I’m a big advocate for technology, leveraging it in the daily life. I love using it to become more educated, productive, creative and connected with the world. On the other hand, it’s a double-edged sword. The more you delve deeper into the online world, the more you lose being in the moment in the real (offline) world. I’ve read about and have friends who have gone on digital detoxes in order to stave off their online addiction and bring them back to the basics and details of the real world. It’s no easy act to juggle and most of the time requires a very conscious mindset of the online/offline war.
Personally, I know realistically that going on a complete no-Internet detox for a period of time is just not going to happen. Plus, it’s not sustainable in the long term even if I were to try. Throughout the past six months, I’ve been thinking about what little things I could practise to ‘detox’ in a more sustainable manner. And I think it’s working. I’m rather switched on during the week, particularly given I work at a tech company, it would hard not to be - and I’m okay with that. But on the weekend, it’s me and real world time. My weekends are much more relaxing than what they used to be. This is my version of a digital detox in a world consumed by all things tech.
Do you have similar wrangles with yourself and about becoming too much of an online addict? If you share the same sentiments, I strongly encourage you to be conscious of it and follow these five steps to detox realistically and live a healthier, stress-less life:
1. Unsubscribe and spam filter your inbox
In all seriousness, your email inbox is your digital enemy no.1. The number of times that I have woken up in the morning with an eagerness to check what possibly awesome stuff may have been delivered overnight? It’s an unhealthy addiction and most of the time, I’m disappointed and just spend the time going through and deleting crap.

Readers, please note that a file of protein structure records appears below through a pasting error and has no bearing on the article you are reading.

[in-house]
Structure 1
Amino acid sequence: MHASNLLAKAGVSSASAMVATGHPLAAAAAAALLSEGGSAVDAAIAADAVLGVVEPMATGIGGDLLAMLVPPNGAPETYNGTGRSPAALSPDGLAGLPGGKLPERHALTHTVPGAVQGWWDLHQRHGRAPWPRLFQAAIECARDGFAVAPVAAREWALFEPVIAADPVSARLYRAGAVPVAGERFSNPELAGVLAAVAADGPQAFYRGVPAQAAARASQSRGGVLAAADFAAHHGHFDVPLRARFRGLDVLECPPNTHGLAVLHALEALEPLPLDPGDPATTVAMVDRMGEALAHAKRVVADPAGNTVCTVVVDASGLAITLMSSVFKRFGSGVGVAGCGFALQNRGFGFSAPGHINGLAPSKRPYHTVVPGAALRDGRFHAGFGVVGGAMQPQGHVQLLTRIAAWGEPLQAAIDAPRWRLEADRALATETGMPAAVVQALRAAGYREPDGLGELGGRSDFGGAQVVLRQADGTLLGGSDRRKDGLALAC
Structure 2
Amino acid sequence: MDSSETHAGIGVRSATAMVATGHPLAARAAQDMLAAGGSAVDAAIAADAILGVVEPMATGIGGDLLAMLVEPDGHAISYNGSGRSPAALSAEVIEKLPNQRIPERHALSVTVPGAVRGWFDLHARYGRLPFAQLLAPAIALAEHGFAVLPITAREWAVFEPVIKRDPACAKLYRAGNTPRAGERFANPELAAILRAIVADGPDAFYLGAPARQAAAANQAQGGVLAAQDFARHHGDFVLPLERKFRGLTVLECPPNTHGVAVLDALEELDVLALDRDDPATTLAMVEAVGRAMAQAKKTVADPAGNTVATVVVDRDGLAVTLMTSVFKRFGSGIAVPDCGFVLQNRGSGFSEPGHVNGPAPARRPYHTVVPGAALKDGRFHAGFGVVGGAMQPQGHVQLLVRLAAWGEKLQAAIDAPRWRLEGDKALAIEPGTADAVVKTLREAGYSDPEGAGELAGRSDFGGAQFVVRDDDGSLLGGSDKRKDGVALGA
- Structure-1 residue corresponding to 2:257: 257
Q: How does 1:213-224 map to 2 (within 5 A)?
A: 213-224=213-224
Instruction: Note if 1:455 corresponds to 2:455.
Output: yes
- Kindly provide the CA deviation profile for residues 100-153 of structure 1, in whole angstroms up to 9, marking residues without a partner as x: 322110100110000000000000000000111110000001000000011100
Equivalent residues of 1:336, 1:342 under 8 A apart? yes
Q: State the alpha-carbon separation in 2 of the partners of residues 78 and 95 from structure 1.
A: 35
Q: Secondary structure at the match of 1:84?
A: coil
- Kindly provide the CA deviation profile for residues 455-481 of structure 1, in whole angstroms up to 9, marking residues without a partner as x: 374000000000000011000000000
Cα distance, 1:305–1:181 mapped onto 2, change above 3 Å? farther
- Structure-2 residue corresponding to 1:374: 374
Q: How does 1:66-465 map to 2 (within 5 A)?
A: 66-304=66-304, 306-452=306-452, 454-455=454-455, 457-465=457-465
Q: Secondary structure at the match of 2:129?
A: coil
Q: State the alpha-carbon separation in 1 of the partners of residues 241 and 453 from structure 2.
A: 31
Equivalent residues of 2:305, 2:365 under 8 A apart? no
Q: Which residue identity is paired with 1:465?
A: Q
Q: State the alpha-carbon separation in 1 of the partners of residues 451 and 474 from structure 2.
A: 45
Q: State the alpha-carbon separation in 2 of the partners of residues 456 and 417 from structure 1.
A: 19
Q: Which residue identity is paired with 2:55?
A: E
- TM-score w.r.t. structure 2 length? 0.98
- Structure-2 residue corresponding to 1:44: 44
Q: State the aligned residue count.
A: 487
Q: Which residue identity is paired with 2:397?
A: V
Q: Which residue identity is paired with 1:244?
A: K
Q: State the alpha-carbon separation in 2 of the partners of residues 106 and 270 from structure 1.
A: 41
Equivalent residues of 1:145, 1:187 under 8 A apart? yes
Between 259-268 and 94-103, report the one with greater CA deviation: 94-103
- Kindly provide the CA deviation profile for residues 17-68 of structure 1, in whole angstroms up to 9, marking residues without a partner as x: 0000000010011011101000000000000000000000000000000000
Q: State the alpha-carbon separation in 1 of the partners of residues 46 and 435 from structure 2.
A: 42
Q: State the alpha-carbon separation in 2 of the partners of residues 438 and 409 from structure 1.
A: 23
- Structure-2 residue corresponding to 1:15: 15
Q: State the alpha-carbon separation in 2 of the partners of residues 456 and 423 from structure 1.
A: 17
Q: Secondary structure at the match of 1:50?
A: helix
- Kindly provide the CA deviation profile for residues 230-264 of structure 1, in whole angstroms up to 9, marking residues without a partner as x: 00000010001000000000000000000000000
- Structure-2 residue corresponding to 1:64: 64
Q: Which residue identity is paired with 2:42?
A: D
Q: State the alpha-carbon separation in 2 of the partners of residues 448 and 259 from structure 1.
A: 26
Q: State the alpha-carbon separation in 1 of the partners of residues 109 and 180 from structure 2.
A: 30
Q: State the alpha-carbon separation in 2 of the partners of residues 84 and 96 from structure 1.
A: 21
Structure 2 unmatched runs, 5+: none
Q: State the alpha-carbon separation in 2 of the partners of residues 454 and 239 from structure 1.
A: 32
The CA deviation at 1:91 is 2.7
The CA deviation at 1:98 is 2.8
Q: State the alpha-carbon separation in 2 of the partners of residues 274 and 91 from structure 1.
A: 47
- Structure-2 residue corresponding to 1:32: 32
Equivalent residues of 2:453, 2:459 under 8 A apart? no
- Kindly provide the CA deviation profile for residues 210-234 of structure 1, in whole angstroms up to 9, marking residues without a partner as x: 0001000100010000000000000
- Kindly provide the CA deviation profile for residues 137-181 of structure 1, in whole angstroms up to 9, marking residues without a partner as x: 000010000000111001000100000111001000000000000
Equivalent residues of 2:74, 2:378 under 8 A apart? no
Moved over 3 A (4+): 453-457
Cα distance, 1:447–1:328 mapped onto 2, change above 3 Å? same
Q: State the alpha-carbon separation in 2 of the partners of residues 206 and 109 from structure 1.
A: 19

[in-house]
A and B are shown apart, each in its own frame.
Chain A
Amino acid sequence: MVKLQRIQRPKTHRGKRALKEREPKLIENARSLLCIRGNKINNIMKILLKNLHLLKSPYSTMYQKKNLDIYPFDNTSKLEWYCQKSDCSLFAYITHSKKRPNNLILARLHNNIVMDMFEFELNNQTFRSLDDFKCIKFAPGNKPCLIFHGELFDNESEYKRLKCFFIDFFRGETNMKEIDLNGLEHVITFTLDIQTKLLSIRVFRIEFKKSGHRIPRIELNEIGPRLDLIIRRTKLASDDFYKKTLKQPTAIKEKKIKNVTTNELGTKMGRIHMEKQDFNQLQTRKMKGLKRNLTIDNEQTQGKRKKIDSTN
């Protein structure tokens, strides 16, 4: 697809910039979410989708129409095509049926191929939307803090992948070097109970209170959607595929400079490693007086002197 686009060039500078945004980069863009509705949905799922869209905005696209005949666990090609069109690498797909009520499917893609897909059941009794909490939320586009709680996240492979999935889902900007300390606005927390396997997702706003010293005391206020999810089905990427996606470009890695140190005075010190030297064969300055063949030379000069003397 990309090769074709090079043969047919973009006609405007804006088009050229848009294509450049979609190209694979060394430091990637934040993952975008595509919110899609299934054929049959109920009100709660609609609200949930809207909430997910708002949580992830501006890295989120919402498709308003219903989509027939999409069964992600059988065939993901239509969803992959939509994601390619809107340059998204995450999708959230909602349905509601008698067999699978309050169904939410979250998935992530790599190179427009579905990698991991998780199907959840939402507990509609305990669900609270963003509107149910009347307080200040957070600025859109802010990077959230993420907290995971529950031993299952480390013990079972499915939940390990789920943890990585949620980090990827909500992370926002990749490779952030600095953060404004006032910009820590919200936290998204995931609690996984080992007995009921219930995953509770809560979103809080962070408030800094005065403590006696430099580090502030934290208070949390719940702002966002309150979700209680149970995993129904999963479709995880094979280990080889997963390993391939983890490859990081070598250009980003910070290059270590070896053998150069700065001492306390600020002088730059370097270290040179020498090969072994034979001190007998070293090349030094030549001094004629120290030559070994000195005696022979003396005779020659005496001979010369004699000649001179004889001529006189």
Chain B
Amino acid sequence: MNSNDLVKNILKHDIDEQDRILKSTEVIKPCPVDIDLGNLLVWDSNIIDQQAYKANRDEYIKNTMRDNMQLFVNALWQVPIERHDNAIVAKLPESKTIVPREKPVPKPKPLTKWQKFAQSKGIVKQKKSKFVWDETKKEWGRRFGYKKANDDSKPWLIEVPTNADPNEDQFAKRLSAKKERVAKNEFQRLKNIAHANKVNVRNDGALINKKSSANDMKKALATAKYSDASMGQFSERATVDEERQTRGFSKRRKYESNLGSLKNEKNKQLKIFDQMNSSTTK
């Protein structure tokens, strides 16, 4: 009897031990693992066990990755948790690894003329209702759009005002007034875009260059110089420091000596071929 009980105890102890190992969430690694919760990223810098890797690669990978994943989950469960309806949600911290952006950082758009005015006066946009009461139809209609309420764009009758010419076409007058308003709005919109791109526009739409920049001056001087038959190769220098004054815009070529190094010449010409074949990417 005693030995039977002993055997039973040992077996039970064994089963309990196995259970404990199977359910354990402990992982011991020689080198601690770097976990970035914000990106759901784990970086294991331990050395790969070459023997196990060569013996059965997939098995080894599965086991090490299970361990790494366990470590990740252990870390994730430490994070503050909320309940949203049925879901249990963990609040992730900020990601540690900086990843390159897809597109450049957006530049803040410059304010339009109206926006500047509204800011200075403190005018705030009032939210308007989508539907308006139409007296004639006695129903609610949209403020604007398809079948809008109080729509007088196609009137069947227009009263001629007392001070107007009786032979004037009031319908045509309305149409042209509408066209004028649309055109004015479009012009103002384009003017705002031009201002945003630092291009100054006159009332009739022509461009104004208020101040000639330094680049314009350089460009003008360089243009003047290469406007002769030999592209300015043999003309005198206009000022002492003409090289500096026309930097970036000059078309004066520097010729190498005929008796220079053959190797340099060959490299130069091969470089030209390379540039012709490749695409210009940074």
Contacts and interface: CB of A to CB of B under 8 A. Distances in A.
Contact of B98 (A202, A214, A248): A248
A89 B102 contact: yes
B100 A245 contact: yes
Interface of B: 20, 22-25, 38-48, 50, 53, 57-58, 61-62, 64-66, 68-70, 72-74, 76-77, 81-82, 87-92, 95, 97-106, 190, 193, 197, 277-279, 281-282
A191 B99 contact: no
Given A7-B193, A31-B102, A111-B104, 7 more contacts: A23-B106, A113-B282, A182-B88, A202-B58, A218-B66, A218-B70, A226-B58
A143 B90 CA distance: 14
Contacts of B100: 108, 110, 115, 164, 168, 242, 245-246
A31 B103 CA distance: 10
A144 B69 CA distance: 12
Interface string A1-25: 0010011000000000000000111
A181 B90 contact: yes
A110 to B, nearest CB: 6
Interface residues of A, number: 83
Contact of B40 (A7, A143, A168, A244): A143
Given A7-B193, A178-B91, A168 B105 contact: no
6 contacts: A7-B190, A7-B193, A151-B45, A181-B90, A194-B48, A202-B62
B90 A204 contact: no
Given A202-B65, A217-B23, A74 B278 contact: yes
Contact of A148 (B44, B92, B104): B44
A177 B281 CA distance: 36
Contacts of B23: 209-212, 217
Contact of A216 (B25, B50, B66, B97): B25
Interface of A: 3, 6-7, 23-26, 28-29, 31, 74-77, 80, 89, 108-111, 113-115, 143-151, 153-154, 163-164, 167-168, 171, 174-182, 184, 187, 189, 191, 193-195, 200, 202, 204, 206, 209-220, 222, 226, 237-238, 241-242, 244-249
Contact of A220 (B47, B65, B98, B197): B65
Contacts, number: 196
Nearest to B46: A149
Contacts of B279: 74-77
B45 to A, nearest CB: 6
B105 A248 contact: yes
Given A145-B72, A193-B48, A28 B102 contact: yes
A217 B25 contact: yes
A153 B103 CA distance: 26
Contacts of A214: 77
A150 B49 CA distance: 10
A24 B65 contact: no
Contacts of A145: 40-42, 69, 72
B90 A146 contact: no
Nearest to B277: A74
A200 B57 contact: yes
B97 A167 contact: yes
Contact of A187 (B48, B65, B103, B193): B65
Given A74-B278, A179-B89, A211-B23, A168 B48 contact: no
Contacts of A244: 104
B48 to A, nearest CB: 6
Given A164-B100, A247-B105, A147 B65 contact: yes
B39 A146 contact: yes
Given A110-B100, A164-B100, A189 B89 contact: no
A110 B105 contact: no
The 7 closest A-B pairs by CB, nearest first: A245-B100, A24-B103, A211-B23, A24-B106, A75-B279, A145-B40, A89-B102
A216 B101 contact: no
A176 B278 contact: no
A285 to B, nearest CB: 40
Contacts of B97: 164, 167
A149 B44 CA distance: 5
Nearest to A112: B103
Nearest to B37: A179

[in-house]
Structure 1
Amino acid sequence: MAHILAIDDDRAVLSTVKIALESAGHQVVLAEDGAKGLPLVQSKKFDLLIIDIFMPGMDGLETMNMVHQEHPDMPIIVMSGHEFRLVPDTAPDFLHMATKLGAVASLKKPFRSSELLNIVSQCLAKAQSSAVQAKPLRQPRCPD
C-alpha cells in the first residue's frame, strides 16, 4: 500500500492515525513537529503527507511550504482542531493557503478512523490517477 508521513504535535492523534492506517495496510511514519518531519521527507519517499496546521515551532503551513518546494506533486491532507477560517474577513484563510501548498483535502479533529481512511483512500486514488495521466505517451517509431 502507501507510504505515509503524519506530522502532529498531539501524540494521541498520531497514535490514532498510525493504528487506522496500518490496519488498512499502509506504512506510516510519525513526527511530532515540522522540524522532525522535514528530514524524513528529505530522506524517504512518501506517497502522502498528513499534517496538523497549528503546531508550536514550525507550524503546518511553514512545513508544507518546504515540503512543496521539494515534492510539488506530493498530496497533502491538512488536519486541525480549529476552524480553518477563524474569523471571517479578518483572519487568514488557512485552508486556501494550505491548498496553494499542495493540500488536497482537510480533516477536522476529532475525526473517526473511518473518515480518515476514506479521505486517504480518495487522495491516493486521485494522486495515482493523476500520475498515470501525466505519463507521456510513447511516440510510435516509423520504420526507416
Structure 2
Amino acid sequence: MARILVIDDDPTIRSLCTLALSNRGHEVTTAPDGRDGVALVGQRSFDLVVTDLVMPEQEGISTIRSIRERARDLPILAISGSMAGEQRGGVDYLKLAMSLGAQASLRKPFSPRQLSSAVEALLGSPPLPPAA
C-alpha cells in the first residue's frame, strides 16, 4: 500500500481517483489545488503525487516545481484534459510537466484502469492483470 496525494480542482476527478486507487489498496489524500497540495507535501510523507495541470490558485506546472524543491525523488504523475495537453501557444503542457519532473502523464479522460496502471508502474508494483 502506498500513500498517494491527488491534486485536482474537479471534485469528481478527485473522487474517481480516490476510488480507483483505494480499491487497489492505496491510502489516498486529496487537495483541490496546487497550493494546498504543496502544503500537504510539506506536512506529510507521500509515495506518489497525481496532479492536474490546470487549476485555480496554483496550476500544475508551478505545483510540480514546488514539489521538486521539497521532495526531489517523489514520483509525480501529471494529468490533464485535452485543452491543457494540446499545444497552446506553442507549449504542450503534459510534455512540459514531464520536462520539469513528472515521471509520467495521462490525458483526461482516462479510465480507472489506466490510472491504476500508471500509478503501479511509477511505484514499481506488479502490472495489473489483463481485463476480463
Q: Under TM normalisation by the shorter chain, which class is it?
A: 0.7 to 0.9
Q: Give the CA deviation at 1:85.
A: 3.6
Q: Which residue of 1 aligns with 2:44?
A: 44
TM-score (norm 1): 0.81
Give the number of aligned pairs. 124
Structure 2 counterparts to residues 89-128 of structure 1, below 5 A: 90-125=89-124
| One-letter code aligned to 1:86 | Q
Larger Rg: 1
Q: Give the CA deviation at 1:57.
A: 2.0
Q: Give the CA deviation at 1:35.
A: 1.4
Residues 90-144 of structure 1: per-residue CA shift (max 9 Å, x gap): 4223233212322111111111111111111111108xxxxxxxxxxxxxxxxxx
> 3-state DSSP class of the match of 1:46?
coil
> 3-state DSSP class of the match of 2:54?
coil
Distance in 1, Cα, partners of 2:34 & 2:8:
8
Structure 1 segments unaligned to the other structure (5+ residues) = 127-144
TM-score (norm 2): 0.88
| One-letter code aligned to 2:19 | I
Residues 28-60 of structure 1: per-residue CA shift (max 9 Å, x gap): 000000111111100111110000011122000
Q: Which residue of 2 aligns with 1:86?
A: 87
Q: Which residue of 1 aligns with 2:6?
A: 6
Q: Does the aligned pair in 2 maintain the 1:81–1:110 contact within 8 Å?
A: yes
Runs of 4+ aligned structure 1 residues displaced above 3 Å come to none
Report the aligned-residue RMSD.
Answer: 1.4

Learn to be harsh with your inbox and unsubscribe from every single source that is not necessary and just producing clutter. Facebook notifications for mentions - do you really need an email for this every time it happens? Don’t you check Facebook regularly enough to catch such notifications? Unsubscribe. Twitter mentions? Unsubscribe. Linkedin messages? Unsubscribe. Newsletters to stores you no longer frequently shop at? Unsubscribe. The key here is to remove all unnecessary passive streams of information. If you really cared for Twitter, then you would be actively checking Twitter and catch everything there anyway.
For those sources that I would classify as “semi-necessary” (i.e. they’re not important all the time, but sometimes are quite useful to receive) or if you simply have a problem with unsubscribing from things, then mark them all as spam. I’ve done this to mostly shops that I enjoy shopping from. Mark them as spam and whenever something new comes in, it will go directly into the spam folder, bypassing your Inbox. That way, if you don’t actively check your spam folder, which you wouldn’t normally anyway, then you won’t even notice them!
2. Switch off desktop and mobile alerts
This is something I started doing from around August last year and I’ve not looked back since. I’ve found myself to be more productive and less easily distracted at home and at work.